12-29 TABLE of CONTENTS:
QUOTE from Millman and Kantor's Another Voice.
The complete episode for this date...
...will be published here soon.
12-29 DATES, ANNIVERSARIES, and EVENTS
B. 12-29-1836, Elizabeth Garrett Anderson Aldeburgh, first woman to qualify as a doctor in the British Isles.
B. 12-29-1898, Elsa Gidlow, English-Canadian-American poet, author, feminist. Her autobiography is a classic.
B. 12-29-1912, Peggy Glanville-Hick, composer of opera and orchestral works, critic, author.
B. 12-29-1937, Mary Tyler Moore, TV and screen actor won Emmys in 1964, 65, 73, 74, and 76 for her portrayals of Mary Richards on TV, and nominated for an Academy Award for her work in Ordinary People (1980). Became prominent TV producer. Her Mary Richards character was one of the first to portray a competent, happy unmarried woman without paranoid romantic drives.
Event 12-29-1986, Captain Beverly Bass, co-pilot Terry Claridge, and flight engineer Tracy Prior each wore red roses in their lapels as they disembarked from American Airlines flight 412 from Washington DC to Dallas-Fort Worth. It was the first flight in aviation history to have a complete, all-female crew. Bass had been the first woman to win her captain's stripes with a major U.S. commercial air line.
Event: 12-29-1989: Eve Atkinson is named athletic director of Lafayette College, the first woman to head a combined men's and women's athletic program at an NCAA Division I institution with a I-AA football program.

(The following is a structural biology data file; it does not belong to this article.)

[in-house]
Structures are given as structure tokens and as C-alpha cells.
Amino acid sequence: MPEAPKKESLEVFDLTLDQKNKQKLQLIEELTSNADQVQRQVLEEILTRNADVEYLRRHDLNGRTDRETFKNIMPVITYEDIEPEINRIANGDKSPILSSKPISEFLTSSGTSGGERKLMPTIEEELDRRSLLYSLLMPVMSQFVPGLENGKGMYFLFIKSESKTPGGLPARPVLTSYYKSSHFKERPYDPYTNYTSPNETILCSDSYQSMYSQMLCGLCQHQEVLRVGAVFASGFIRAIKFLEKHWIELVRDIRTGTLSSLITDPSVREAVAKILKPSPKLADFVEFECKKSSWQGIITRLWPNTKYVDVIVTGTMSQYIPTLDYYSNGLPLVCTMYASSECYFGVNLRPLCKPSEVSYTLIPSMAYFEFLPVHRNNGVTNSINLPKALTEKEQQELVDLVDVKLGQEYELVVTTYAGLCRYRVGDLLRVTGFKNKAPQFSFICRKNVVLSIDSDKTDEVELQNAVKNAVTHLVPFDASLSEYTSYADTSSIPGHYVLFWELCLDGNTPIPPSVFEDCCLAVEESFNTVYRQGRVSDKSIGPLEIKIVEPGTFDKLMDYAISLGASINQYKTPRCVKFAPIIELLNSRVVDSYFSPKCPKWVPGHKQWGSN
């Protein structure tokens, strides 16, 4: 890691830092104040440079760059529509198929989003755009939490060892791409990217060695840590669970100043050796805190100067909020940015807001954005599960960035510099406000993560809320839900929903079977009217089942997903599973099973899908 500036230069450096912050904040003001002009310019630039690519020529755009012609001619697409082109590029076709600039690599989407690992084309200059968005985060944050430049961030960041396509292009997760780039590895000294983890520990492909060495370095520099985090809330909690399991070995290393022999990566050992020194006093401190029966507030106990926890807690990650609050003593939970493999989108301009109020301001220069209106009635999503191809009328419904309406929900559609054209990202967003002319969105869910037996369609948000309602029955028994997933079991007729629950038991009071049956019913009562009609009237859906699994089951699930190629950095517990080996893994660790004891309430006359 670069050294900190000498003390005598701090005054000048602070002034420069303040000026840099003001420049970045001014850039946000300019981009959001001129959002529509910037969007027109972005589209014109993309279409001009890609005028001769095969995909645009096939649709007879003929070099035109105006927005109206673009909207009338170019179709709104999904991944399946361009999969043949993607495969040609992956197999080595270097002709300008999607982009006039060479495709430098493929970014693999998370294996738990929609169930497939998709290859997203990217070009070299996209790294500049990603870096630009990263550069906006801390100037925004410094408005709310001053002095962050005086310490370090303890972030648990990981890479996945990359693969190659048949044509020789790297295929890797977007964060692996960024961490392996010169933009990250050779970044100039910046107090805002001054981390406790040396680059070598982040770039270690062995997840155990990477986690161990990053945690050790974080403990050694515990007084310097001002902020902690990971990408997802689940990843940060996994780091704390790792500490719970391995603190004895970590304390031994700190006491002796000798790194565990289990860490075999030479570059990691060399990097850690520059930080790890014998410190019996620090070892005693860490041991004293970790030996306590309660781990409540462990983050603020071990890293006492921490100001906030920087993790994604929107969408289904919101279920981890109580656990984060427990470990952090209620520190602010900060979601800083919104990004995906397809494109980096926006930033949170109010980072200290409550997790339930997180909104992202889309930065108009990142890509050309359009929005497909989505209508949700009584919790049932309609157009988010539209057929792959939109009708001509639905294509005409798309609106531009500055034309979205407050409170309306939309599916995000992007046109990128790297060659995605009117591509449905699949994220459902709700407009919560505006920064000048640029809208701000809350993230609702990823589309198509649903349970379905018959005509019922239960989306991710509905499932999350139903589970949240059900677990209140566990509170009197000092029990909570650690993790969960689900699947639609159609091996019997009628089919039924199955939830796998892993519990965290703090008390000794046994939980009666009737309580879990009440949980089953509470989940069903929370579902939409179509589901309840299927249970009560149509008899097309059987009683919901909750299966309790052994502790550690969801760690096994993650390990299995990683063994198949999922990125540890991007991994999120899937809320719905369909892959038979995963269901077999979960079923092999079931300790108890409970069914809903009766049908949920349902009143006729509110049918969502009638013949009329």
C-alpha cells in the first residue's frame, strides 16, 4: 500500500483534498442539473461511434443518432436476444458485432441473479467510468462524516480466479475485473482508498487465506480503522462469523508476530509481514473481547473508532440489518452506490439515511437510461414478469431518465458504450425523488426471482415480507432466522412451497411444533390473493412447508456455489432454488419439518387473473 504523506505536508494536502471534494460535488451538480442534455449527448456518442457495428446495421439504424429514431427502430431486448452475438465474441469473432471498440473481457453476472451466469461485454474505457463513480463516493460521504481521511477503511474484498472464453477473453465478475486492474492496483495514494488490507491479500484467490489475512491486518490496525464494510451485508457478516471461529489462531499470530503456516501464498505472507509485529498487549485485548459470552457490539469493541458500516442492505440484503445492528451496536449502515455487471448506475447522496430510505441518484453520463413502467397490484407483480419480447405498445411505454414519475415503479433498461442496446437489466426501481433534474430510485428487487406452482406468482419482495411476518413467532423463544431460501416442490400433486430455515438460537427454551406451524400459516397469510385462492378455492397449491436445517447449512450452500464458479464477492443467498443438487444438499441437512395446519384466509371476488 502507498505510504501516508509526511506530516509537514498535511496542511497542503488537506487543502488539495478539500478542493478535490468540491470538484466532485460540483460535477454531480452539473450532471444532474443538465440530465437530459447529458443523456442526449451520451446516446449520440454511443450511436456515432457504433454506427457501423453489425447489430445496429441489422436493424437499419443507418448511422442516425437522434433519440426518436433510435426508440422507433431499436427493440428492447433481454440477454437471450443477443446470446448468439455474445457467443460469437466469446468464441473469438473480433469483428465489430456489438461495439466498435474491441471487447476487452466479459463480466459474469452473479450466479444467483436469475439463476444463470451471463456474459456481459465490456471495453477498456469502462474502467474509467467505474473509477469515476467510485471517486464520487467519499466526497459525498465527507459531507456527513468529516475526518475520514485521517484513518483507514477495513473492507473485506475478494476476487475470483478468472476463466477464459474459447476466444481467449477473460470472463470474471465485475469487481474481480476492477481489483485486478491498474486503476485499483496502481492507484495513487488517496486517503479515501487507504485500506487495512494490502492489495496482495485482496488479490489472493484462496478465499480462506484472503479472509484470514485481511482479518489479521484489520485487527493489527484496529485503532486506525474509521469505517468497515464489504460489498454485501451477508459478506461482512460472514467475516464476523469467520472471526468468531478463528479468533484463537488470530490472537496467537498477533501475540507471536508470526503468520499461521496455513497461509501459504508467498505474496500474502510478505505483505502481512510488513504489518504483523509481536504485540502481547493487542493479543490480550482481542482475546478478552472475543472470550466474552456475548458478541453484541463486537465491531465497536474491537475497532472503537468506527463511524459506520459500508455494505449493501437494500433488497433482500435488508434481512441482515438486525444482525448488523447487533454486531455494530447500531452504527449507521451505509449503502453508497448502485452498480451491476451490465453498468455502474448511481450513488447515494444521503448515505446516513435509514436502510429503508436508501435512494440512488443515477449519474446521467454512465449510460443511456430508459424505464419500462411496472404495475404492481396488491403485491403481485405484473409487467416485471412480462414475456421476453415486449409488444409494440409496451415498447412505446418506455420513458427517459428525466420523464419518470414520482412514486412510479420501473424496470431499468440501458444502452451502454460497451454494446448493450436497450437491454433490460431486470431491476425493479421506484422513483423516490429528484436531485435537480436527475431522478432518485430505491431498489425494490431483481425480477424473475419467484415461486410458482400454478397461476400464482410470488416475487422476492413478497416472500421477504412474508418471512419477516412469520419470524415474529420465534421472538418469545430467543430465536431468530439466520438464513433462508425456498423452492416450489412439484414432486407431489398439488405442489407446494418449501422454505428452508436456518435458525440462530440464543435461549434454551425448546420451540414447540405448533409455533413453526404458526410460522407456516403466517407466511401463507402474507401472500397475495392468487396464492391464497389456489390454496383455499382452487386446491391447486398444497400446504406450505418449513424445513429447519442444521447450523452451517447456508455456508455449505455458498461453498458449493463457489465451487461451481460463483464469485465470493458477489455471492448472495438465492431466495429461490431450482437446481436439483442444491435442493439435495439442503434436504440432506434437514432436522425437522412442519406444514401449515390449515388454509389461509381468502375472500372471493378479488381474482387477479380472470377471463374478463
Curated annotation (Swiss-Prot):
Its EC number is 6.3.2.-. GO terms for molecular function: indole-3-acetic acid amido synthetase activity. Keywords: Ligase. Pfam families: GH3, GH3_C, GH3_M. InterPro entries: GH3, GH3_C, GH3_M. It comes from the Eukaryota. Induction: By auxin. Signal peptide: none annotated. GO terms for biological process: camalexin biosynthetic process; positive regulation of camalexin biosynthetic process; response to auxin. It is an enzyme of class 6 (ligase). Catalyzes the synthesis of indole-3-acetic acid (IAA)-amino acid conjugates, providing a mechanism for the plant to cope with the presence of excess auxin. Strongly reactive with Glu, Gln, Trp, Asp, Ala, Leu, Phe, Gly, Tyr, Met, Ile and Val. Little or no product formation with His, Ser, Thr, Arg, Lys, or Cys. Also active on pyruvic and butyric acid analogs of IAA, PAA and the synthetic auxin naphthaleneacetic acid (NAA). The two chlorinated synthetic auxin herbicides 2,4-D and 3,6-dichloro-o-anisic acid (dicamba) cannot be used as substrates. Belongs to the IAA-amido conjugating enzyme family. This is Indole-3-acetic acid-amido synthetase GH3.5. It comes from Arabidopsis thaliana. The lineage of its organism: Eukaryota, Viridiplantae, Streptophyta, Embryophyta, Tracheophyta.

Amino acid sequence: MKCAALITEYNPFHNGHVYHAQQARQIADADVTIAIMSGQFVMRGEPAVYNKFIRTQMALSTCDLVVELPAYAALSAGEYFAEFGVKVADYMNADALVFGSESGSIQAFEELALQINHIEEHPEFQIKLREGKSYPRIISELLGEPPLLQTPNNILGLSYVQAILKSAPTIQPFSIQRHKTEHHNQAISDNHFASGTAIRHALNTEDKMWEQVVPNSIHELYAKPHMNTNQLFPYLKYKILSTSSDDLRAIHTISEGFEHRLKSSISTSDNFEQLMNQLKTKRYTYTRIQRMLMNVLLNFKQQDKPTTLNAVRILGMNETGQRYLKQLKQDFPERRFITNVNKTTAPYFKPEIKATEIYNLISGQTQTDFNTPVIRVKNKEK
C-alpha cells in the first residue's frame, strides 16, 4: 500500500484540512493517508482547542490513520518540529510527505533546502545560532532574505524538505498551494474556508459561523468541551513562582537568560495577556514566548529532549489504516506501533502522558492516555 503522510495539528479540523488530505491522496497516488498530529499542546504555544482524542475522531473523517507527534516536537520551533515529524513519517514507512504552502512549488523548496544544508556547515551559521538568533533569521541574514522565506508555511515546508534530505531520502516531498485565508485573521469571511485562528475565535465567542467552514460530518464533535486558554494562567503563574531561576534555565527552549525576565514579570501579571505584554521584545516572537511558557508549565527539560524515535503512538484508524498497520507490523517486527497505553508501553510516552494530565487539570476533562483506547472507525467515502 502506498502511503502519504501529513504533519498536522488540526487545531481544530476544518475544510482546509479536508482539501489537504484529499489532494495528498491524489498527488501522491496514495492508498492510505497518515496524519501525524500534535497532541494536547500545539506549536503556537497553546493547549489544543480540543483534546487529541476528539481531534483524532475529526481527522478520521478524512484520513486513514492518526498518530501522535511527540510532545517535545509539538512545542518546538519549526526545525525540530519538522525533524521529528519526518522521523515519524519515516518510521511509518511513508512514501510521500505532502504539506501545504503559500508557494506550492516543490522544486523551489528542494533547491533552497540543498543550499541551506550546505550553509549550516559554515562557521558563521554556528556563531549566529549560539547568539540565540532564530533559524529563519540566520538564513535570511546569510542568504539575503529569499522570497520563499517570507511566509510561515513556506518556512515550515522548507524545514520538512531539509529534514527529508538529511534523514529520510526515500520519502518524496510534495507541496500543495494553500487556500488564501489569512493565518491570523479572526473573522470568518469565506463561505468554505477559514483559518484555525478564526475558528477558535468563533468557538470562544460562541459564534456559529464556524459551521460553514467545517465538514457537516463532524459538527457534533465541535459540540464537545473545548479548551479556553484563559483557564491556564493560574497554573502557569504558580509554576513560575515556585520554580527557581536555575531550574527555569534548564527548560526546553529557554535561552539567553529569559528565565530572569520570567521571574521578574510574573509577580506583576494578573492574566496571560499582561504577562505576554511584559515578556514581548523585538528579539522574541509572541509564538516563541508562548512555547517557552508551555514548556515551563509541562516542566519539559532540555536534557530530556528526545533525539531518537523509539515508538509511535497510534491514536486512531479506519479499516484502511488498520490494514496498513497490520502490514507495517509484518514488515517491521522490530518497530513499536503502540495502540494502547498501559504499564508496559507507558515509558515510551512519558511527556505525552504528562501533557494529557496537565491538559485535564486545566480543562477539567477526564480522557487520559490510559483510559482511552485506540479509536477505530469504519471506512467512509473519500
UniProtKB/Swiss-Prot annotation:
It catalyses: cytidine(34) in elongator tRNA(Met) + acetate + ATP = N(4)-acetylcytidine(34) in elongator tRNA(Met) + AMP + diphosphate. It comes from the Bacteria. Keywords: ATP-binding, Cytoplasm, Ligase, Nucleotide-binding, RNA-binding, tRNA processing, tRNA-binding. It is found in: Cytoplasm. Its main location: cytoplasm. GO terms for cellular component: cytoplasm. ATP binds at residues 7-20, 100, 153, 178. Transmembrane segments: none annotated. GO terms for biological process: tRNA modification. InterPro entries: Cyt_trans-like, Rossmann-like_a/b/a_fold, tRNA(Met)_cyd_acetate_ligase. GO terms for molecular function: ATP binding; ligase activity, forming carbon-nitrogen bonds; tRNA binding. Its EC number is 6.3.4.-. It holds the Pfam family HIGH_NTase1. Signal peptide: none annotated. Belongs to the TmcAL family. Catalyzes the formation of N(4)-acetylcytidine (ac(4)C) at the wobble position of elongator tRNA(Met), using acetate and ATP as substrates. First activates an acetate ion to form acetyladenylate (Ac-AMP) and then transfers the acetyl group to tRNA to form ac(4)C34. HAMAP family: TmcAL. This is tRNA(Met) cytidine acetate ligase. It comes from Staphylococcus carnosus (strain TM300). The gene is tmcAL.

QUOTES DU JOUR
"Everyone knows the story about the Emperor and his fine clothes: although the townspeople persuaded themselves that the Emperor was elegantly costumed, a child, possessing an unspoiled vision, showed the citizenry that the Emperor was really naked.
"The story instructs us about one of our basic sociological premises: that reality is subjective, or, rather, subject to social definition. The story also reminds us that collective delusions can be undone by introducing fresh perspectives.
"Movements of social liberation are like the story in this respect: they make it possible for people to see the world in an enlarged perspective because they remove the covers and blinders that obscure knowledge and observation.
"In the last decade no social movement has had a more startling or consequential impact on the way people see and act in the world than the women's movement.
"Like the onlookers in the Emperor's parade, we can see and plainly speak about things that have always been there, but that formerly were unacknowledged. Indeed, today it is impossible to escape noticing features of social life that were invisible only ten years ago."
-- Millman, M., and Kanter, R.M.(eds) Another Voice. Garden City, N.Y.:Doubleday-Anchor, 1975 p.vii.
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